Wednesday, July 27, 2011

CNN World News: Darfur

CNN World News: Darfur

by Bill Britton

Above an arc of black coffee,
ebony figures,
gnarled and wrapped
in dusty parchment,
lean across the screen,
their eyes charred by hunger,
their nurslings adrift
in a wasteland of withered breasts,
their bodies bent by indifferent winds
that swirl over umbered landscapes
and scourge this kindling of races
raked into barren corners
and lost in the gaze of camera lenses.

Thursday, July 7, 2011

Reflections on Independence Day

Reflections on Independence Day

By Bill Britton

Attempts to pass a Constitutional Amendment against flag burning has, at times, generated personal uneasiness about the long-term integrity of two documents that have required limited adjustment since their creation by a small group of revolutionaries more than 200 years ago: the United States Constitution and the Bill of Rights. I feel that such an amendment would reduce, not increase, the condition of freedom within the United States. Because the Republican Party has become increasingly conservative, citizens can expect renewed efforts should it regain control of both the executive and legislative branches of government. The fact that the Supreme Court is similarly conservative means that there is a good chance that court challenges to an amendment would be defeated.

At first glance, transforming flag desecration from an act of protest to one of criminality seems harmless enough, since those who commit this act tend to be imbued with political outlooks contrary to those of mainstream America. And although watching the national symbol burn on the streets of some foreign city distresses most Americans, to see this done on the streets of an American city, by an American, can elevate this distress to a level of venomous rage. The polls reflect this. The great majority of all Americans are in favor of an amendment to prohibit, and thus criminalize, flag desecration.

Several processes are at work when flames consume a symbol revered from childhood on. Woven into its fabric are memories commonly held such as reciting the Pledge of Allegiance in grade school. Later, elements that are more complex reinforce that early innocence and might embrace incidents like the loss of a comrade in war. Underlying each individual notion of the flag as a private symbol rests tribal instincts that are often expressed on a grander scale as nationalism. In short, an assault leveled against the flag is an assault leveled against an amalgam of memories, innocent ideals, and loyalties, an amalgam that is unifying but can be explosive.

However, the flag as symbol represents far more than those personal and highly charged properties that have become enmeshed within it. When asked what the flag means to them, most Americans will immediately answer, “Freedom.” Since our early history is colored by efforts to secure it, freedom seems to be a logical first response. But since our follow-on history includes a long episode of slavery and the repression of various social and ethnic groups, does not the flag also connote these less palatable traces of national character? Alternatively, do its constituent colors, by representing courage, purity, and justice, exclude the possibility of acknowledging their antitheses?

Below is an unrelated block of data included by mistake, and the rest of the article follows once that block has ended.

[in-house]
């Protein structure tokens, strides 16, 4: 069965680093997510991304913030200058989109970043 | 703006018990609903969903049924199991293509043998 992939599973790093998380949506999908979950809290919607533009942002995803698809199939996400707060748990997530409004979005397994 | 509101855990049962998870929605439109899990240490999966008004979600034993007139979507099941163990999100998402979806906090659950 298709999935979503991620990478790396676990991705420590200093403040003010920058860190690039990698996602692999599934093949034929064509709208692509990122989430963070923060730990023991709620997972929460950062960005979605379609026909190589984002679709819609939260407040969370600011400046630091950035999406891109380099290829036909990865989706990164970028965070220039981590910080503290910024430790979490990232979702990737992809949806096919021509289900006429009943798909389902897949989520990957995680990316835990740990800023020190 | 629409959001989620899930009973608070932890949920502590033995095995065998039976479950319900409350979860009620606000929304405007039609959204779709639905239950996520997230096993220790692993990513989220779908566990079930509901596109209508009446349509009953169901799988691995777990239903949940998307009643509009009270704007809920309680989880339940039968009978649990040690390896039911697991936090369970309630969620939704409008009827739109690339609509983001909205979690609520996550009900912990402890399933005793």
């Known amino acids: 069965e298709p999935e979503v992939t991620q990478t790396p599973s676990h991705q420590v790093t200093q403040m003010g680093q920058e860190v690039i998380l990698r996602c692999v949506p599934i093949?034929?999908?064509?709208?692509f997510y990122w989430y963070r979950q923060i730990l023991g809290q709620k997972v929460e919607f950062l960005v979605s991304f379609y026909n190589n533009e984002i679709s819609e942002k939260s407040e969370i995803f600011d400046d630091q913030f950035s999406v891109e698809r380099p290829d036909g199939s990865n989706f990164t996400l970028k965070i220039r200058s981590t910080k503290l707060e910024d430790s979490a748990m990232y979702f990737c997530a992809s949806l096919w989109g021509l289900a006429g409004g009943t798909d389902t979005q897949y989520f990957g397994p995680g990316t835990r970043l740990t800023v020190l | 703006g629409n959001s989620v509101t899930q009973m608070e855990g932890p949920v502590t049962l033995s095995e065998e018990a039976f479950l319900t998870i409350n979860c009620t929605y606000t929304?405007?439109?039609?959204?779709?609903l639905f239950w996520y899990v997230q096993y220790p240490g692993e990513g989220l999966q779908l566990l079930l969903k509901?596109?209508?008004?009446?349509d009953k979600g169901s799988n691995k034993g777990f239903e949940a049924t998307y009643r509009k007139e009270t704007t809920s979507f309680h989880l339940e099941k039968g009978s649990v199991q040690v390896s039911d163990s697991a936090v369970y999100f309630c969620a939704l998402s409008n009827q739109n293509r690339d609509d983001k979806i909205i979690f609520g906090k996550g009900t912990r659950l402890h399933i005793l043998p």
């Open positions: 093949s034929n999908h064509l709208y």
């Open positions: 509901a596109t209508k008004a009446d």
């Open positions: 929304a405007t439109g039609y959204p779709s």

If the flag as symbol is to honestly represent what America is about, that flag must be inclusive of what is bad as well as what is perceived to be good. By claiming that the flag represents only the national good, Americans must ignore a few chapters of its history and certain aspects of contemporary life. Indeed, it can be argued that for some Americans, the flag represents little more than social and economic marginalization.

Once a flag becomes old and worn or stained, its proper disposal requires burning. Local branches of the American Legion sponsor annual flag-burning ceremonies throughout the country. How can the courts distinguish between these ceremonies and those initiated by citizens who view the country, and therefore the flag, as morally worn or stained, its courage turned cowardly, its purity violated, and its justice compromised? Which ceremony is more ethically correct? In the former, an arbitrary determination was made some time in the past that the proper disposal of a worn flag requires its burning. In the latter, an individual or group sees flag burning as a legitimate response to some violation of its moral code or politics. Whether the weight of the majority condemns that response is of little consequence. A nation must pay the price if it is to honor the concept of free and untrammeled expression.